Clustering - Perhaps the most common term used in conjunction with HA, clustering is essentially a service provided by application servers in which multiple servers run as a group. The clustering service is responsible for load balancing the user requests and also for rerouting the incoming traffic to available servers should one of the servers in the cluster become unavailable.

Recovery - The ability of the system to recover itself from a failure condition as well as to bring the state of the objects into their pre-failure condition.

Failure Points
In an enterprise application, there are several points of failure - both within each individual component and at integration touch points with other components and interfaces. As the number of interfaces increases, the failover and recovery procedures become increasingly complex due to interdependencies involved. Although each component within the application may have recovery procedures for itself, the problem arises when one component or a combination of components within the system fails simultaneously.

So, a first step in designing a highly available enterprise system is identifying all of the possible permutations and combinations of failure points within the system. The identification process should involve all of the components within the system - application, network, hardware, and database - each and every component involved. As one begins to create such a matrix, it becomes overly complicated as the number of components and products that are mixing increases. This article will serve to focus failover and recovery of components and applications within the WebLogic Platform.

WebLogic Platform
WebLogic Server - WebLogic Server provides a number of J2EE services that include Java Messaging Service (JMS), Transactions (JTS/JTA) and Security, Servlet Engine, EJB container, and so forth. When designing enterprise applications for high availability it is crucial that architects have a good understanding of how these services failover when one of the instances hosting them goes down. A thorough understanding of the failover and recovery procedures of these services is also critical in automating the recovery of a downed instance or a system.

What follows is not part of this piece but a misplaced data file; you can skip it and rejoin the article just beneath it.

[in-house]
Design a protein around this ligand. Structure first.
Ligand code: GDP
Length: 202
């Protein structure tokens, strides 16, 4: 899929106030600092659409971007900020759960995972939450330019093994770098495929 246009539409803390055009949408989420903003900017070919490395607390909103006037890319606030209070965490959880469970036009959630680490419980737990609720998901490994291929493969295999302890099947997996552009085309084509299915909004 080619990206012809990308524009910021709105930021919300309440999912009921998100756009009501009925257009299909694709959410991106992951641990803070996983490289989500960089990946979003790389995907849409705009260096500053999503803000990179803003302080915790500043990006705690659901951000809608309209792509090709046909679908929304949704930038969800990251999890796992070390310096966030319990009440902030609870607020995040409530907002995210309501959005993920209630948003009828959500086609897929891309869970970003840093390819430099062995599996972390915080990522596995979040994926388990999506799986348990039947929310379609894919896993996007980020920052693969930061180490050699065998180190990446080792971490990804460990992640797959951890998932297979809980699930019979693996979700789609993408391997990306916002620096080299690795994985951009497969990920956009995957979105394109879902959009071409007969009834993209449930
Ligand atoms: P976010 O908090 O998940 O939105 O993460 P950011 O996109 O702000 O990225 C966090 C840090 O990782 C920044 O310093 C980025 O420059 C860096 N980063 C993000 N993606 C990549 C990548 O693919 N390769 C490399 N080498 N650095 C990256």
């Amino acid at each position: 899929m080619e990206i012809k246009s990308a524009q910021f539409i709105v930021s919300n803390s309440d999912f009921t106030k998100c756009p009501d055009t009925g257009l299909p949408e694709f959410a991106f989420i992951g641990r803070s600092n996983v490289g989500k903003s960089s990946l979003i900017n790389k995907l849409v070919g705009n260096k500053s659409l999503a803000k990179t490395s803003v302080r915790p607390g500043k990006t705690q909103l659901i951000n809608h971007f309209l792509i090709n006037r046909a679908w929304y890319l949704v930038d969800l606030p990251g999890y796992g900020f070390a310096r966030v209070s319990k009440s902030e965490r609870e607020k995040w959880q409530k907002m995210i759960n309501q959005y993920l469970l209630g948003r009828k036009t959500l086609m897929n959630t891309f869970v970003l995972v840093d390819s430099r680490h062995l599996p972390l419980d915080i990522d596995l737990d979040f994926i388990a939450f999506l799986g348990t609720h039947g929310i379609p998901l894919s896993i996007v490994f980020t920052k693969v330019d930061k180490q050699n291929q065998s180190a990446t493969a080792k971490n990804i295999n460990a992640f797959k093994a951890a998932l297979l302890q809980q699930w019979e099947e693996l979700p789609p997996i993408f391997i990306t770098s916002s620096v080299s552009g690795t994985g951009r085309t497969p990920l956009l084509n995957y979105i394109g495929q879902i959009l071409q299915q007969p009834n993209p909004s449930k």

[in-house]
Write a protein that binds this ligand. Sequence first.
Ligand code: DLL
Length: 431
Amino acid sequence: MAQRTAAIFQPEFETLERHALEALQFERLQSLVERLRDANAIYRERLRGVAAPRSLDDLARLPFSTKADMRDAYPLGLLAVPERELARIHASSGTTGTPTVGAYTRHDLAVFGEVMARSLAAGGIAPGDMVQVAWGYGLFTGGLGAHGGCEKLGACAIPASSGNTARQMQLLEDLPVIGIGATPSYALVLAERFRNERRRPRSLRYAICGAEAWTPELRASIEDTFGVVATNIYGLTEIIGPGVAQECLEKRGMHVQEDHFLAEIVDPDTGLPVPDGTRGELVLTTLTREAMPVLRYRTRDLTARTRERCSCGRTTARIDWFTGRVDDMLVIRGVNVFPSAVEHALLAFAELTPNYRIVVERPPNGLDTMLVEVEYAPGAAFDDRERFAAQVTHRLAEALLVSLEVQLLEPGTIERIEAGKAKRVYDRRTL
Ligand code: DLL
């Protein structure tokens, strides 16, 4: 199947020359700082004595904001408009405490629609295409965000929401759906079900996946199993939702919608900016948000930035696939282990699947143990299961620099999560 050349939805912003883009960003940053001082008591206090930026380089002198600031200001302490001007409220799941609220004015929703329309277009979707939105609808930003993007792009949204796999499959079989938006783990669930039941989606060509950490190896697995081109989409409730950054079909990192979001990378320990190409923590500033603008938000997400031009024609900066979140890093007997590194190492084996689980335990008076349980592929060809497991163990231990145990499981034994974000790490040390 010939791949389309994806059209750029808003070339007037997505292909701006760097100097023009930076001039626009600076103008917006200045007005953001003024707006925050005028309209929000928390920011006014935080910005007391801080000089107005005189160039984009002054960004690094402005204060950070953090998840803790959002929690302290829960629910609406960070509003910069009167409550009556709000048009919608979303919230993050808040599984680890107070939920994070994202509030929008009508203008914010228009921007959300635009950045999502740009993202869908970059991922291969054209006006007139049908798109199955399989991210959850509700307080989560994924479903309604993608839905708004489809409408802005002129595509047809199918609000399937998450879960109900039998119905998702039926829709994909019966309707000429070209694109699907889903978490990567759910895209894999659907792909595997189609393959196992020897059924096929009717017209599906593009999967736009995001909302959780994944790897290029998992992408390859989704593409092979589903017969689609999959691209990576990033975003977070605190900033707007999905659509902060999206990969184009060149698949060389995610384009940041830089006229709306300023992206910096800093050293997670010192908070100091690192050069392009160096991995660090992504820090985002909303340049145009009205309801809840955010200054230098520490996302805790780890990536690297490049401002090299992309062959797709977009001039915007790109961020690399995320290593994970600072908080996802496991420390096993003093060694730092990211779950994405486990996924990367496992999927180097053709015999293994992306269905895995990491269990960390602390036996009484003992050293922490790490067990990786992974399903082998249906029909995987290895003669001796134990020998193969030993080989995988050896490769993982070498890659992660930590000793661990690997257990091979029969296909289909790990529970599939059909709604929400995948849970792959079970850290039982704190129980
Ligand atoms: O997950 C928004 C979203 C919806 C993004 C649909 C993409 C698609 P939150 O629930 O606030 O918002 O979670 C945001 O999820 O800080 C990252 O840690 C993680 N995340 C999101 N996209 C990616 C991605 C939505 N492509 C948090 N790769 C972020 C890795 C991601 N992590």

Clustering Overview - Perhaps no discussion on WLS high availability is complete without touching on WebLogic Clustering. An application that is deployed homogenously in a cluster is generally highly available. When one of the server instances goes down, the request is routed to the other available server in the cluster. In fact, the concept of the cluster is not new to J2EE architects and WebLogic Server administrators. Readers of this article are encouraged to review the WebLogic Server clustering documentation (http://e-docs.bea.com/wls/docs81/cluster/index.html). Essentially, most of the services provided by WebLogic can be categorized as either clusterable (i.e., multiple instances of these run on different services on multiple servers), or nonclusterable (there may be multiple instances of these services configured, but only one is active at a given time within the cluster). More information on which services can be clustered is provided in WebLogic Server documentation. Table 1 lists the clustered and nonclustered services in WebLogic Platform 8.1.

More Stories By Sudhir Upadhyay

Sudhir Upadhyay is currently with Architecture and Shared services at JP Morgan Chase where he is an application architect. Prior to joining JPMorgan, he was a principal consultant with BEA Professional Services where he helped customers design and implement enterprise J2EE solutions. He is a BEA Certified WebLogic Developer and a Sun Certified Java Developer.